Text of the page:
How Central Bank Intervene In Foreign Exchange Market Case Study

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. Why is the simultaneous targeting of the money supply and interest rates sometimes impossible to achieve?
The central banks generally attempt to achieve inflation around 2%. Inflation hinges on how much money is in circulation, the money supply. However, the central bank cannot directly control the money supply but rather uses different tools to achieve its target. As the money supply cannot be controlled, other actors tug the number up and down, for which it may differ from its desired state. Interest rates, on the other hand, as one such instrument that influences the money supply, can more easily be altered as they closely relate to the progression of the fed funds rate, which, in turn, orients itself on the federal discount rate (International
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Fixed interest rates on the other hand allocate resources efficiently (Khan, 2008). In conclusion, money supply and interest rates do not relate one to one.
2. How do central banks intervene in foreign exchange markets?
Central banks intervene in foreign exchange markets via what’s labeled unsterilized foreign exchange interventions — the purchasing and putting up of international reserves, i.e. assets denominated in foreign currencies, with the local currency. They do this in case the currency becomes too strong or weak to be good for the economy. As foreign reserves are sold, the money supply increases and thereby depreciates the domestic currency. However, as Thailand realized, once the central bank runs out of international reserves, it can turn to a costly endeavor, as debts denominated in foreign currencies are now much costlier to repay. Besides, affecting the monetary base by doing so, in one way or the other may go counter to what the economy actually requires at the time when the focus lies on the currency value instead (Wright & Quadrini, 2009,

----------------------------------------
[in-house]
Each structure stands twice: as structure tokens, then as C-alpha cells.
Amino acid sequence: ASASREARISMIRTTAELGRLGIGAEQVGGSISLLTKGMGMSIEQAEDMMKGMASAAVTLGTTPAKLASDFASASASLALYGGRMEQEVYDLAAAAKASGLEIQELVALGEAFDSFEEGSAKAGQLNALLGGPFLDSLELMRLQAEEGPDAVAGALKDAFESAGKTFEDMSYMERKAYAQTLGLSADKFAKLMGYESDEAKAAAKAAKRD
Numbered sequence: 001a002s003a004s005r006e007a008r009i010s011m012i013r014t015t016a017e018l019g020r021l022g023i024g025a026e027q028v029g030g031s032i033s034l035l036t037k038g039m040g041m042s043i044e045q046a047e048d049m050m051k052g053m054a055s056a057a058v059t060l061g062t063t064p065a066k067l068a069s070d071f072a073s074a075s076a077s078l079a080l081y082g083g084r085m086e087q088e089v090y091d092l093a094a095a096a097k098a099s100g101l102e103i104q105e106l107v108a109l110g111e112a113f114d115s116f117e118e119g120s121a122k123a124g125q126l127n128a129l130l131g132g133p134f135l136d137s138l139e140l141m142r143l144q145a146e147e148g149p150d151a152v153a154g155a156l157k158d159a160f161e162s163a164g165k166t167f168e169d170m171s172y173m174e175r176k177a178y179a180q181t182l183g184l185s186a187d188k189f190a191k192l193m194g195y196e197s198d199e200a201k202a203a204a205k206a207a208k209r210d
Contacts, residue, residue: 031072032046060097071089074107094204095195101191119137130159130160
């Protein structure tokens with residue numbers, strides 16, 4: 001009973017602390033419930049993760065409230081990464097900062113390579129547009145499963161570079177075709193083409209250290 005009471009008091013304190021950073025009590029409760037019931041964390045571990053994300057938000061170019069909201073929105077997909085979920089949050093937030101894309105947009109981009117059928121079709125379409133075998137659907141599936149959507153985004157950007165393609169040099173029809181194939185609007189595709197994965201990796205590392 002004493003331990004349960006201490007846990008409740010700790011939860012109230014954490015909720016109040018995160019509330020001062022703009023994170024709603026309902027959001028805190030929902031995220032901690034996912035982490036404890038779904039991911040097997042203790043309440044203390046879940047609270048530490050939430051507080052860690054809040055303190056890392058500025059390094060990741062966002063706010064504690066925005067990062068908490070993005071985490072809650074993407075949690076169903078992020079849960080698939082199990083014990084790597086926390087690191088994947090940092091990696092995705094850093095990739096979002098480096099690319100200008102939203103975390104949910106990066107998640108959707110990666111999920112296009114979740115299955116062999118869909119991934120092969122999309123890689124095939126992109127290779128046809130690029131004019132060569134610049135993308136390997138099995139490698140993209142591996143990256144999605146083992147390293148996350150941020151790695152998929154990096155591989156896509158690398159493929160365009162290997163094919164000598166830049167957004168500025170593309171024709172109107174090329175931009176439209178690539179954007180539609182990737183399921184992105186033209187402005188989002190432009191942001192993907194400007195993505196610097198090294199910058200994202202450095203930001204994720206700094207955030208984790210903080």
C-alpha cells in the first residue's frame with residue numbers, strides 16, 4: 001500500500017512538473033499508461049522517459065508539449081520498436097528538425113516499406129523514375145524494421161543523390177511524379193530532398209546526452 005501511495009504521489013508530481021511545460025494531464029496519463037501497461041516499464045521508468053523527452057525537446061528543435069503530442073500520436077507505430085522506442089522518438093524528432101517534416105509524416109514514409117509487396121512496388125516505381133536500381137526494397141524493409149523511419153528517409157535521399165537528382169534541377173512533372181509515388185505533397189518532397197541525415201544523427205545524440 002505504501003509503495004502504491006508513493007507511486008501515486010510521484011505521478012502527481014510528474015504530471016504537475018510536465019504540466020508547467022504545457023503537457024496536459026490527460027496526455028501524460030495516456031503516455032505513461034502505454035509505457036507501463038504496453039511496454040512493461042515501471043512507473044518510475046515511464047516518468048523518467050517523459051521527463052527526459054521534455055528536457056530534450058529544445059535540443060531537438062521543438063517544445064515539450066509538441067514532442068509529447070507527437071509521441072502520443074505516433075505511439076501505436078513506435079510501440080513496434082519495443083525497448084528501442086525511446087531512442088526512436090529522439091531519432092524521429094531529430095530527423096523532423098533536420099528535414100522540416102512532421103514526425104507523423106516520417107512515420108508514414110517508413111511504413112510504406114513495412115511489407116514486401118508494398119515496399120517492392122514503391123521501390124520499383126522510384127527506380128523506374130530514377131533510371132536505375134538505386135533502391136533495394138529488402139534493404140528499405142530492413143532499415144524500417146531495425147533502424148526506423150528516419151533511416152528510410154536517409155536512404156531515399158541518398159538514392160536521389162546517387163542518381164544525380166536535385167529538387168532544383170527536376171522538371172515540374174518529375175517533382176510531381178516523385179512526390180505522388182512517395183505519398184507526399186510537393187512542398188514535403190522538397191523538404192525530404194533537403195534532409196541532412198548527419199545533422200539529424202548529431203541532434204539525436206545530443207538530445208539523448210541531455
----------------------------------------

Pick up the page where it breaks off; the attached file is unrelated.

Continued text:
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What did the Bretton Woods Agreement do to the ability of foreign exchange rates to fluctuate freely?
After World War I the motivation to collaborate for prosperity and create an international financial system was large enough for 44 countries to meet in rural Bretton Woods in 1944. At the meeting they partly dropped the gold standard and replaced it with the US dollar standard, the only currency to emerge with a strengthened economy. Every other nation agreed to keep their exchange rate fixed to the dollar and the IMF would monitor and help out, as a lender of last resort, with short-term loans to avoid devaluation by printing currency. The World Bank

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